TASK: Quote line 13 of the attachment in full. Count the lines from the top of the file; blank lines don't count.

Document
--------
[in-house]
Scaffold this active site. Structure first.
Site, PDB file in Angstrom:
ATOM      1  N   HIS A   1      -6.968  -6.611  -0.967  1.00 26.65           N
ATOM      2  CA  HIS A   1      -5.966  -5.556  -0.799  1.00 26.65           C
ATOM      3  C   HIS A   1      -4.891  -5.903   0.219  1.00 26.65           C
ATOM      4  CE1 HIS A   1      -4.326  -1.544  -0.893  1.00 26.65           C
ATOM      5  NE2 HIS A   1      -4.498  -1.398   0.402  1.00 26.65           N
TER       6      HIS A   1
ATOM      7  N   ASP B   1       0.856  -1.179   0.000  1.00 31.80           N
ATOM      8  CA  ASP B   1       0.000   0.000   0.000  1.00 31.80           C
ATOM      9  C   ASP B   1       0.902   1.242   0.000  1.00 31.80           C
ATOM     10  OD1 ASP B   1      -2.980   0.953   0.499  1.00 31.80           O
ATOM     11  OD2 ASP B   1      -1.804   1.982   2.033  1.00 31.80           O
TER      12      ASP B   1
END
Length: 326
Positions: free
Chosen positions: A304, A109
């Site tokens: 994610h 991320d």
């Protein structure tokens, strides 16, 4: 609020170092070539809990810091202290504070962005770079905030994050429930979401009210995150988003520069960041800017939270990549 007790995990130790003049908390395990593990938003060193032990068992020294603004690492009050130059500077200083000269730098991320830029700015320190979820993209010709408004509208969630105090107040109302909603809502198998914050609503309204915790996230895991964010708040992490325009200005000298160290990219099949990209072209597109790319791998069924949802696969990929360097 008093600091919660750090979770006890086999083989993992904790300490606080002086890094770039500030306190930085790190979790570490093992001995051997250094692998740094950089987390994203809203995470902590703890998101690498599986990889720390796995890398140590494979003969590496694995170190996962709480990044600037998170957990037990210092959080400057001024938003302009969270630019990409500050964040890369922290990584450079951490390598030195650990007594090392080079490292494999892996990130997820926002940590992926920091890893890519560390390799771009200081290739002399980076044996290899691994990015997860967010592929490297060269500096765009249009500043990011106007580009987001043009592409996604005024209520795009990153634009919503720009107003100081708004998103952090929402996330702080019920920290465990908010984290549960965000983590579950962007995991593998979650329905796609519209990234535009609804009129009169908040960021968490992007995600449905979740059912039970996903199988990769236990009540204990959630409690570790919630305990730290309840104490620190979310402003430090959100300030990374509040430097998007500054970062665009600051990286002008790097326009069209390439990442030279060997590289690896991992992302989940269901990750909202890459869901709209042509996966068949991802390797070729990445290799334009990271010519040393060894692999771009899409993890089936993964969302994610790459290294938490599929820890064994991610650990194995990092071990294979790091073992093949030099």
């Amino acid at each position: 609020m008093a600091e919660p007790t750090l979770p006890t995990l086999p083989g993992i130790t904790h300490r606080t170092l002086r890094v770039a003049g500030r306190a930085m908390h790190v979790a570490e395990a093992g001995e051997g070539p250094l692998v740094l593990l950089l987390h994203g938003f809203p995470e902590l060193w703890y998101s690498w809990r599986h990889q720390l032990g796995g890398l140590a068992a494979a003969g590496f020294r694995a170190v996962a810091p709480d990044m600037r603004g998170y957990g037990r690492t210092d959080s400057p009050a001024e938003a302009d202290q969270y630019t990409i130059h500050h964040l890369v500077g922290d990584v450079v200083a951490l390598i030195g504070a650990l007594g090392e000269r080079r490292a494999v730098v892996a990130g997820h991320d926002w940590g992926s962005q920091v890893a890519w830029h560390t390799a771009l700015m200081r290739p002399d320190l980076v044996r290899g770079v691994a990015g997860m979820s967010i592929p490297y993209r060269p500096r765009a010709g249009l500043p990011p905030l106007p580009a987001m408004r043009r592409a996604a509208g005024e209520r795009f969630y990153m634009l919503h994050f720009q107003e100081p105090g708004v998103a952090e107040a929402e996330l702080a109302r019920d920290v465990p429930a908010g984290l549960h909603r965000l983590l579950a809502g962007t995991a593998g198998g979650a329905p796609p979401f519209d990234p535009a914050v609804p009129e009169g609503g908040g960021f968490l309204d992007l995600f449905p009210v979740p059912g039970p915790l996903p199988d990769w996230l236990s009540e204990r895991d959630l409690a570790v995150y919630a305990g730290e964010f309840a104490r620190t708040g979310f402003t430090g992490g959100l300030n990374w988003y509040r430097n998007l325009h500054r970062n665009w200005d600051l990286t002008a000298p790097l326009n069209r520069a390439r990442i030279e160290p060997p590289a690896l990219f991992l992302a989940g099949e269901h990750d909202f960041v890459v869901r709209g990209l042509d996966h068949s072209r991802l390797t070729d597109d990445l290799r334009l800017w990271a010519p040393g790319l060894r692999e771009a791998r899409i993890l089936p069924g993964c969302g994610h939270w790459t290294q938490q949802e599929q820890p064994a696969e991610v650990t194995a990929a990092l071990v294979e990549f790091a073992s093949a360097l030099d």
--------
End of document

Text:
ATOM     10  OD1 ASP B   1      -2.980   0.953   0.499  1.00 31.80           O